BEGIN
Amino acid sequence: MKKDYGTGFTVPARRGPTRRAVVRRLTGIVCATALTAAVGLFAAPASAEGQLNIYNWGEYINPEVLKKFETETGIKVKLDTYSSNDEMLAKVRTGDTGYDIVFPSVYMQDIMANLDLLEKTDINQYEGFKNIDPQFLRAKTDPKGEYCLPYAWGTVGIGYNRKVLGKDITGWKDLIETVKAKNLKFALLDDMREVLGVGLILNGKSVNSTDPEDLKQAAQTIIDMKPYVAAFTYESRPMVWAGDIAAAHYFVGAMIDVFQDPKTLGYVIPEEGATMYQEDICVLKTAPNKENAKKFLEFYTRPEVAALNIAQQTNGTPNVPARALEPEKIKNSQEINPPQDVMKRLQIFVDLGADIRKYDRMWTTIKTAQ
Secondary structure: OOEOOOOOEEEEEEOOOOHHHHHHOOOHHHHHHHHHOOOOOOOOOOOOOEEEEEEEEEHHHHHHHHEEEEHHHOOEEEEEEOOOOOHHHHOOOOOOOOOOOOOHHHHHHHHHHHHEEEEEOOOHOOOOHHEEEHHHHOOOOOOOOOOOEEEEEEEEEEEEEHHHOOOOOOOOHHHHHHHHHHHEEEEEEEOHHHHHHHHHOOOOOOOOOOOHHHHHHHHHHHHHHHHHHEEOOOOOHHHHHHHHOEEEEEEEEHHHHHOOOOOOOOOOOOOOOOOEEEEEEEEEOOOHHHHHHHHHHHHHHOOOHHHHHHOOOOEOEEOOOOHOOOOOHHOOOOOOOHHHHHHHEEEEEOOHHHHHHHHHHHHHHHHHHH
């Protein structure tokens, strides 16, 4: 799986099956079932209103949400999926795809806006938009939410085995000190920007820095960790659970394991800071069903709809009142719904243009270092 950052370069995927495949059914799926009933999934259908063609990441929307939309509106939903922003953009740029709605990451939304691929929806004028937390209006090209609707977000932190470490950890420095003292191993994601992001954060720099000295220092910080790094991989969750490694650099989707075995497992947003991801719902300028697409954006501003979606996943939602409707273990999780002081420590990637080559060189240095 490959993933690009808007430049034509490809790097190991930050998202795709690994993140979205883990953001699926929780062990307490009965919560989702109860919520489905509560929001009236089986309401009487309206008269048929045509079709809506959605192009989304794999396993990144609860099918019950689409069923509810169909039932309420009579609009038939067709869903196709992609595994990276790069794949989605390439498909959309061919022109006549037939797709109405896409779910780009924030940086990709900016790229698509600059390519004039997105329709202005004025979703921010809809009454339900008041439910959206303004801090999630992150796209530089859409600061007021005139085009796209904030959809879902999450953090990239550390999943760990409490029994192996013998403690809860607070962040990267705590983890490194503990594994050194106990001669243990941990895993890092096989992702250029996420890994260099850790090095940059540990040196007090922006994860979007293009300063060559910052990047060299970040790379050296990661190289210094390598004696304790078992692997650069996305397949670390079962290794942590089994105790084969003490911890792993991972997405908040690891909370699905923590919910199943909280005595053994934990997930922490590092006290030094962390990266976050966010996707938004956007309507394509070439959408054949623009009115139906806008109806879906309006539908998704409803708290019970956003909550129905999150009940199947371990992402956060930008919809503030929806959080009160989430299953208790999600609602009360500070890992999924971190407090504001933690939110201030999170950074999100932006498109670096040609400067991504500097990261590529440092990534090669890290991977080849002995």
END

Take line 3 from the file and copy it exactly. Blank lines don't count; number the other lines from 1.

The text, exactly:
């Protein structure tokens, strides 16, 4: 799986099956079932209103949400999926795809806006938009939410085995000190920007820095960790659970394991800071069903709809009142719904243009270092 950052370069995927495949059914799926009933999934259908063609990441929307939309509106939903922003953009740029709605990451939304691929929806004028937390209006090209609707977000932190470490950890420095003292191993994601992001954060720099000295220092910080790094991989969750490694650099989707075995497992947003991801719902300028697409954006501003979606996943939602409707273990999780002081420590990637080559060189240095 490959993933690009808007430049034509490809790097190991930050998202795709690994993140979205883990953001699926929780062990307490009965919560989702109860919520489905509560929001009236089986309401009487309206008269048929045509079709809506959605192009989304794999396993990144609860099918019950689409069923509810169909039932309420009579609009038939067709869903196709992609595994990276790069794949989605390439498909959309061919022109006549037939797709109405896409779910780009924030940086990709900016790229698509600059390519004039997105329709202005004025979703921010809809009454339900008041439910959206303004801090999630992150796209530089859409600061007021005139085009796209904030959809879902999450953090990239550390999943760990409490029994192996013998403690809860607070962040990267705590983890490194503990594994050194106990001669243990941990895993890092096989992702250029996420890994260099850790090095940059540990040196007090922006994860979007293009300063060559910052990047060299970040790379050296990661190289210094390598004696304790078992692997650069996305397949670390079962290794942590089994105790084969003490911890792993991972997405908040690891909370699905923590919910199943909280005595053994934990997930922490590092006290030094962390990266976050966010996707938004956007309507394509070439959408054949623009009115139906806008109806879906309006539908998704409803708290019970956003909550129905999150009940199947371990992402956060930008919809503030929806959080009160989430299953208790999600609602009360500070890992999924971190407090504001933690939110201030999170950074999100932006498109670096040609400067991504500097990261590529440092990534090669890290991977080849002995």